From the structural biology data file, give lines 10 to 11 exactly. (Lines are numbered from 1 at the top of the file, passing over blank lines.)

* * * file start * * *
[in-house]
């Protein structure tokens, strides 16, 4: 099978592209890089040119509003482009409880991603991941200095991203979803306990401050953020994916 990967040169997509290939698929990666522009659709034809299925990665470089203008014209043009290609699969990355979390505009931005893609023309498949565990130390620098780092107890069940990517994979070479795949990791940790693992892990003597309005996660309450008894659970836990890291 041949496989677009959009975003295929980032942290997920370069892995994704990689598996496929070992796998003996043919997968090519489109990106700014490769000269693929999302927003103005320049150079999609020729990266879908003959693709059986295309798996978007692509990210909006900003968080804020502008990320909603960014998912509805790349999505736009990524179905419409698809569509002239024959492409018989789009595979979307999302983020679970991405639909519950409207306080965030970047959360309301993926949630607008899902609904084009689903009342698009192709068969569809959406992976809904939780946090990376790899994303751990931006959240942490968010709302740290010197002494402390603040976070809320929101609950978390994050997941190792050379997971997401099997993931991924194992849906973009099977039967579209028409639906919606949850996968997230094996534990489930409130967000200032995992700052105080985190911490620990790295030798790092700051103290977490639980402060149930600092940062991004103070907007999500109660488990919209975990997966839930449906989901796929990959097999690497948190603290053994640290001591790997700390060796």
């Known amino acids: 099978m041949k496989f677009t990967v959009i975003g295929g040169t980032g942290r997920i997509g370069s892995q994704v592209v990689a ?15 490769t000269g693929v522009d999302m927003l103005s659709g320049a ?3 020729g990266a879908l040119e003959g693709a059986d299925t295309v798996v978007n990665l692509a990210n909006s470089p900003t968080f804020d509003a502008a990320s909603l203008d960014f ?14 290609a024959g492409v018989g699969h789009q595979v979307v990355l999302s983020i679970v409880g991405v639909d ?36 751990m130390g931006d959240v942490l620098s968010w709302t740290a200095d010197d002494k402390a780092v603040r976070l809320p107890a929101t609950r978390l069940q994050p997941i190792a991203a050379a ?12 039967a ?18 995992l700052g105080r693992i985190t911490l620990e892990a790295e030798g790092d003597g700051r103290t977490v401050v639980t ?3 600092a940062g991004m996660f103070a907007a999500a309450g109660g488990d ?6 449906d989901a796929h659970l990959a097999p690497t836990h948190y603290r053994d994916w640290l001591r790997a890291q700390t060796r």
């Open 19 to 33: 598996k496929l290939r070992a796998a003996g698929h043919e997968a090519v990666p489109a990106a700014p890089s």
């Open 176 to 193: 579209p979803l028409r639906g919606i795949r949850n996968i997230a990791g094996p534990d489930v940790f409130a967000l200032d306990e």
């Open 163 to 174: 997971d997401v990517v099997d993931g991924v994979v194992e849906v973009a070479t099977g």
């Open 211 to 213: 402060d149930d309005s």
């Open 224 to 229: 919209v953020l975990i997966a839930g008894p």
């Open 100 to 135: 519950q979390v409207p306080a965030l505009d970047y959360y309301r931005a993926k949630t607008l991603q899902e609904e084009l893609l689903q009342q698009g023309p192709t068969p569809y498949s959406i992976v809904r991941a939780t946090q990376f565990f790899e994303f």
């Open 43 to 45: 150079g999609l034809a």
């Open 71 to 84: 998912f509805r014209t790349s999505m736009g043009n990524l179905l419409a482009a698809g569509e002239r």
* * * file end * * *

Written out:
């Open 43 to 45: 150079g999609l034809a």
């Open 71 to 84: 998912f509805r014209t790349s999505m736009g043009n990524l179905l419409a482009a698809g569509e002239r």